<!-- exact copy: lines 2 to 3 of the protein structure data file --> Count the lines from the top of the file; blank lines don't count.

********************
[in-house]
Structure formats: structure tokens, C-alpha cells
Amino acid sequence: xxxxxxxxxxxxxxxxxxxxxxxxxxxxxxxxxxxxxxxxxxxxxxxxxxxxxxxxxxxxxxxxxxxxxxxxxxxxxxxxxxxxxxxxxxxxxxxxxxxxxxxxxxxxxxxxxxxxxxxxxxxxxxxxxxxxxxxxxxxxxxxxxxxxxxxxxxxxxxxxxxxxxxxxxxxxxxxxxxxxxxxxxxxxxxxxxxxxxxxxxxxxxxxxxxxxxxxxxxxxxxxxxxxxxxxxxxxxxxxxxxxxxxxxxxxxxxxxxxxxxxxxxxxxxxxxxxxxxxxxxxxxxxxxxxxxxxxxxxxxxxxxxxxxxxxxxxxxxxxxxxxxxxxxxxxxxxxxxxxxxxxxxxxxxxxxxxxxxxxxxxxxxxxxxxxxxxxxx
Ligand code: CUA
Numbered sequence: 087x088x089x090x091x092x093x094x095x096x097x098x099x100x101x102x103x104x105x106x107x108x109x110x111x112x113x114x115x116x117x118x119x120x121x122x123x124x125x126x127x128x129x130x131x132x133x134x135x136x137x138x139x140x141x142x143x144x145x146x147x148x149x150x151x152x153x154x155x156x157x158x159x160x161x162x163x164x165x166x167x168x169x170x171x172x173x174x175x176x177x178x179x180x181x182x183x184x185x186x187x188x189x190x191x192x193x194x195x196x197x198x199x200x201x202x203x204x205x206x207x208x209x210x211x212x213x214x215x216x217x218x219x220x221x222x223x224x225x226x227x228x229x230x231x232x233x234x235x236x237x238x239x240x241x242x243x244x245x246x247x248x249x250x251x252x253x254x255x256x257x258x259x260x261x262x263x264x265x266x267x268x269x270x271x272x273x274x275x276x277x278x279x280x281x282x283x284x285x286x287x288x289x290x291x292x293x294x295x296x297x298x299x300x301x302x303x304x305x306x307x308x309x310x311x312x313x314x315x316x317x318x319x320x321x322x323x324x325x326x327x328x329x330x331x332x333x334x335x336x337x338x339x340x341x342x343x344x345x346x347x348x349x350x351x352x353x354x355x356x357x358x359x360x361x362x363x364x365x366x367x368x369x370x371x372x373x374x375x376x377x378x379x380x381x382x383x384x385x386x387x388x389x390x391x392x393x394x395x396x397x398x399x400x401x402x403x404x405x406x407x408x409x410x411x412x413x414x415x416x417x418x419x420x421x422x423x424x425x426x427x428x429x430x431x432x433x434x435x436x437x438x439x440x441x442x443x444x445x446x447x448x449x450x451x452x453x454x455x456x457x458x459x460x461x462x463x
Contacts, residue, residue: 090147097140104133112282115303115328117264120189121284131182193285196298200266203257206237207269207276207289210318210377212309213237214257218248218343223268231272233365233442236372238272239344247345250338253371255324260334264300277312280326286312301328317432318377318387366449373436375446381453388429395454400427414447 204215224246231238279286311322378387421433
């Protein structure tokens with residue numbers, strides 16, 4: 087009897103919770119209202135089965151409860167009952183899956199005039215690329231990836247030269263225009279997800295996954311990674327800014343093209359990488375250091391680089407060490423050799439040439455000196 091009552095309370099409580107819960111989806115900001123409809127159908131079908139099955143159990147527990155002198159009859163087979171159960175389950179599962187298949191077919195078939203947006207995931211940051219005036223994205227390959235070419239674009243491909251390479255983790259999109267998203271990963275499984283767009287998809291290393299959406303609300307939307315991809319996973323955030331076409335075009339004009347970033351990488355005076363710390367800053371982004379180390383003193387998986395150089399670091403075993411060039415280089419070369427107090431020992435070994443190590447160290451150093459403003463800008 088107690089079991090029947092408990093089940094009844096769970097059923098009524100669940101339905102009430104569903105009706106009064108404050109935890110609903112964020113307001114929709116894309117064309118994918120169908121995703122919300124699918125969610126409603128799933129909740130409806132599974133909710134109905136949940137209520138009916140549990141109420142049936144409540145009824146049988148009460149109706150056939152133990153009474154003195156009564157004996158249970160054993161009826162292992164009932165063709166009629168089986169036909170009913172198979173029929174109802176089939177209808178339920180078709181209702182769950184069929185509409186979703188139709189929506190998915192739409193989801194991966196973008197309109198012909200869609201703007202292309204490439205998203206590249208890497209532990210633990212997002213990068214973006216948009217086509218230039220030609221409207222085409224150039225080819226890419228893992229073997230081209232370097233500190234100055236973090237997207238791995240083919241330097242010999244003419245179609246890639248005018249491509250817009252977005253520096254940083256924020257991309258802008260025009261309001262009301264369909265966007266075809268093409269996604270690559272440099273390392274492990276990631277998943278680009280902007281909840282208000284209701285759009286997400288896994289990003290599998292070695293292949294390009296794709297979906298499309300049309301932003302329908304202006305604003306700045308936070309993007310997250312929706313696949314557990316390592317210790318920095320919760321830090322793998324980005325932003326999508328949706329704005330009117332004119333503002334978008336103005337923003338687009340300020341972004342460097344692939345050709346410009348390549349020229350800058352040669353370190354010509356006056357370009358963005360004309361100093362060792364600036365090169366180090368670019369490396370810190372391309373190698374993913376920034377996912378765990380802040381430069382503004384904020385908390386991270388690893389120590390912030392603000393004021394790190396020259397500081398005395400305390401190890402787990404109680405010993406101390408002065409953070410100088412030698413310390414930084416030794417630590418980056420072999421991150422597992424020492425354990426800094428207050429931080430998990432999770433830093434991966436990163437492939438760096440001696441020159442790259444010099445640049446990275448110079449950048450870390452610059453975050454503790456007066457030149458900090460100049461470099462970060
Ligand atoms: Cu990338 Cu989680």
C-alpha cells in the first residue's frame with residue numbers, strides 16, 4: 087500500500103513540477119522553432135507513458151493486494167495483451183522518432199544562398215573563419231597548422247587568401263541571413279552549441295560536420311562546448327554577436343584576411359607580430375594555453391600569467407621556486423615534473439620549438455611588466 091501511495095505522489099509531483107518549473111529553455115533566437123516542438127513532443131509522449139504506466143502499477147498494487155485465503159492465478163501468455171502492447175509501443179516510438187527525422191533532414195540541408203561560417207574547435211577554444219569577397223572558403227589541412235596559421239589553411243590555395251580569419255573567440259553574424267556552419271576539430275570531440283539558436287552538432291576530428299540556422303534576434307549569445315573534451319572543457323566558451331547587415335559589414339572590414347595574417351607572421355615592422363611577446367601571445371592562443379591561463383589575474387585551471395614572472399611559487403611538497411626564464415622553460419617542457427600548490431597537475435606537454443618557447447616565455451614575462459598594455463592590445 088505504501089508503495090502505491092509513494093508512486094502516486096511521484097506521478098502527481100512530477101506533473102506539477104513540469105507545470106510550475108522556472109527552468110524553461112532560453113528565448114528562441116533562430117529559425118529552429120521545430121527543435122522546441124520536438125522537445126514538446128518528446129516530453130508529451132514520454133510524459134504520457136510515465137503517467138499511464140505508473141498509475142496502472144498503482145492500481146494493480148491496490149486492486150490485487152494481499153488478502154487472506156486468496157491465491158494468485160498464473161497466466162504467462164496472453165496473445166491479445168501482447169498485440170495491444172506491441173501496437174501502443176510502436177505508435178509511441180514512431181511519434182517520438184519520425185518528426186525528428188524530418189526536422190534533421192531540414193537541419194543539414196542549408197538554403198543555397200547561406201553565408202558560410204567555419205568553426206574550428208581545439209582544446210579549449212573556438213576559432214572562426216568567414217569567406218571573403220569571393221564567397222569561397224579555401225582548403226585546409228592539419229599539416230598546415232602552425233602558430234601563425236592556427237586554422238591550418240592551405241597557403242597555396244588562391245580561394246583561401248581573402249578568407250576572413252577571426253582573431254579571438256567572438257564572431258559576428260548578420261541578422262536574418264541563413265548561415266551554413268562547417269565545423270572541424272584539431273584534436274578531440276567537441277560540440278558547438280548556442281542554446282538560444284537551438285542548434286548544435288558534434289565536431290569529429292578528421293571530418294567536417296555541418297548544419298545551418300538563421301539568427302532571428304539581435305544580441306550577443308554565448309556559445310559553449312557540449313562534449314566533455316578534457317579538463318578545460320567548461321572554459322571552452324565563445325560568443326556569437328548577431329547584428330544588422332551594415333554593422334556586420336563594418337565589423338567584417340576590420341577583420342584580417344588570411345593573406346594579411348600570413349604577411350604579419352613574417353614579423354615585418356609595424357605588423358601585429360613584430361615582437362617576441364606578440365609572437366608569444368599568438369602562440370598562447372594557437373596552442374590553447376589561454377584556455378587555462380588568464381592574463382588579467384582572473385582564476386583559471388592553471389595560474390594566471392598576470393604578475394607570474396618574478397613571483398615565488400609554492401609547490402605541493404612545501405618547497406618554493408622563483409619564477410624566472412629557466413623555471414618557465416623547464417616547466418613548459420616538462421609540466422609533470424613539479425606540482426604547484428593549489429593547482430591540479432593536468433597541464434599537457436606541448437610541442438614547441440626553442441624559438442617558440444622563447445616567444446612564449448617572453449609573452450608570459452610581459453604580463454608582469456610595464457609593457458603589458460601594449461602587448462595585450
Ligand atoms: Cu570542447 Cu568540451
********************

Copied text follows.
Structure formats: structure tokens, C-alpha cells
Amino acid sequence: xxxxxxxxxxxxxxxxxxxxxxxxxxxxxxxxxxxxxxxxxxxxxxxxxxxxxxxxxxxxxxxxxxxxxxxxxxxxxxxxxxxxxxxxxxxxxxxxxxxxxxxxxxxxxxxxxxxxxxxxxxxxxxxxxxxxxxxxxxxxxxxxxxxxxxxxxxxxxxxxxxxxxxxxxxxxxxxxxxxxxxxxxxxxxxxxxxxxxxxxxxxxxxxxxxxxxxxxxxxxxxxxxxxxxxxxxxxxxxxxxxxxxxxxxxxxxxxxxxxxxxxxxxxxxxxxxxxxxxxxxxxxxxxxxxxxxxxxxxxxxxxxxxxxxxxxxxxxxxxxxxxxxxxxxxxxxxxxxxxxxxxxxxxxxxxxxxxxxxxxxxxxxxxxxxxxxxxxx